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Old 11-05-2007, 06:02 PM   #1
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Learned something about my grill/smoker rig today...

I fired up my smoker to cook up venison. We had a cold front move through around 11 am, which produced gusty winds out of the north. Well, I found out that while the wind wasn't cold, it was moving around 15 mph, and acted just like wind chill. I had a good fire, lots of fuel, but couldn't get the temp above 175 degrees F for over an hour. I moved my rig closer the house, to get it out of the brunt of the wind. Within 20 minutes the temp was up to 250 degrees F. I've been able to maintain an average of 225 degrees F for four hours, since I moved it out of the wind.

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Old 11-05-2007, 06:08 PM   #2
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I've noticed the same thing with my gas grill. The wind has an impact, especially in February, when it's below freezing.
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Old 11-05-2007, 06:12 PM   #3
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Don't know what your ambient temperature was but my experience has been that wind fans my 'flames' and makes for a hotter fire. Maybe you would not have to had moved your rig if you had opened your botom damper more?
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Old 11-06-2007, 08:34 AM   #4
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Back when I was cooking with an electric ECB I had to build a shed around it to keep the temp up in cold months.

To make the shed I looked for that foil backed foam but couldn't find it so I figured I'd just try the regular foam panels and just be careful. That worked fine until whatever it was I was cooking dripped onto the smoke box and flaired up...the flair up melted a panel which started a bit of a chain reaction.... Anyhow I had to build another shed out of panneling to allow the cook to continue. No homes were lost etc.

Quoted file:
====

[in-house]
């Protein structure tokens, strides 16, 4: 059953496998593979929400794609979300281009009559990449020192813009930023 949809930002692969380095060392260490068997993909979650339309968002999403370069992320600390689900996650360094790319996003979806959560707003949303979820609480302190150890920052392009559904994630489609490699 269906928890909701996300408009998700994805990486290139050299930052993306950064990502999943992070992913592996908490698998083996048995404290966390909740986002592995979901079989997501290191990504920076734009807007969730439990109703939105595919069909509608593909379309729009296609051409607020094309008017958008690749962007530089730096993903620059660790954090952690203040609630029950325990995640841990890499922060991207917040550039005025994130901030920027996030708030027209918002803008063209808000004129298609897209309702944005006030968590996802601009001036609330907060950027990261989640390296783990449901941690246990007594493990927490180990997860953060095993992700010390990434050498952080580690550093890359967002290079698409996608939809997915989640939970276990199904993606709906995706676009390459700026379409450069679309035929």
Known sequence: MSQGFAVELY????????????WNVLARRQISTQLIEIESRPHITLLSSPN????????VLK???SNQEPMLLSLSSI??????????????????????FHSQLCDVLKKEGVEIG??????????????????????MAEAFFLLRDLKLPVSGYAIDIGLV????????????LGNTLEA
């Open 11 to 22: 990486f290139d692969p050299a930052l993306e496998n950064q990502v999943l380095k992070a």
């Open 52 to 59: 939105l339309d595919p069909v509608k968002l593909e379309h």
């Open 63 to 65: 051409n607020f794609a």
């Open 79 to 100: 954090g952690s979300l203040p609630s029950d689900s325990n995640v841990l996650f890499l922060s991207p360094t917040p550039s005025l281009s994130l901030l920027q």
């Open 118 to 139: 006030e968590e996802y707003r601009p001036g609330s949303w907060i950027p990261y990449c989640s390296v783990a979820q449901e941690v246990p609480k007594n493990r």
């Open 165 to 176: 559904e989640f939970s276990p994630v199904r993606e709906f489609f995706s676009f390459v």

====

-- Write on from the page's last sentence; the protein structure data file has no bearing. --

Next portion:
That's another nicety about the egg. I did a brisket the other day and it got down into the 40's over night. My kid woke me up at 4:00am (just because he's mean) so I checked and it was rock solid at 250.
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Old 11-06-2007, 11:22 AM   #5
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justplainbill, I did think of that. I turned my grill around so the intake was pointing north (where the wind was coming from), and had the intake wide open. It was like that for an hour, and never came up above 175 degrees F. The exhaust was wide open as well. Ambient air temp hit the upper 60's by the time I fired up my rig, but slowly dropped all day as that wind blew in cooler, drier air.

beerco, I hear you on the "shed" idea. When I first started smoking/grilling with this rig, up in Michigan, I kept it on the south side of the house, out of the prevailing north winds. At the rent house in Tulsa, earlier this year, I kept it close to the house, but the privacy fencing, and the small size of the yard, kept the stronger winds away from it. As I was firing my rig up yesterday, I even thought about wheeling it around to the south side of the house, as I have a very sheltered area there. However, I don't have a quick way in or out of the house there, as my wife has the only key to the back door, and she was out-and-about yesterday. So, it seems like close to the front door, sort-of sheltered, is the way to go, as it's close to a door, and the kitchen, and I can see the grill from where I normally sit while I'm using my laptop.
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Old 11-06-2007, 11:34 AM   #6
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I sometimes have problems with my Weber Q gas grill when its really windy it blows out all the flames.Its sheltered under the porch in a corner where the house and the side of the porch which has a wall about 4 feet tall.I hate when it happens but have yet to find a solution.
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Old 11-07-2007, 09:11 AM   #7
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I do the same as beerco. Darn wind stealing my heat . Made a three sided plywood shelter with hinges so it can be collapsed. I use it in Ohio during the winter months when it is windy outside.

Take care,

Brian
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Old 01-12-2008, 01:47 PM   #8
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Quote:
Originally Posted by BBQ'd Dude View Post
I do the same as beerco. Darn wind stealing my heat . Made a three sided plywood shelter with hinges so it can be collapsed. I use it in Ohio during the winter months when it is windy outside.

Take care,

Brian
just dont burn the house down;)
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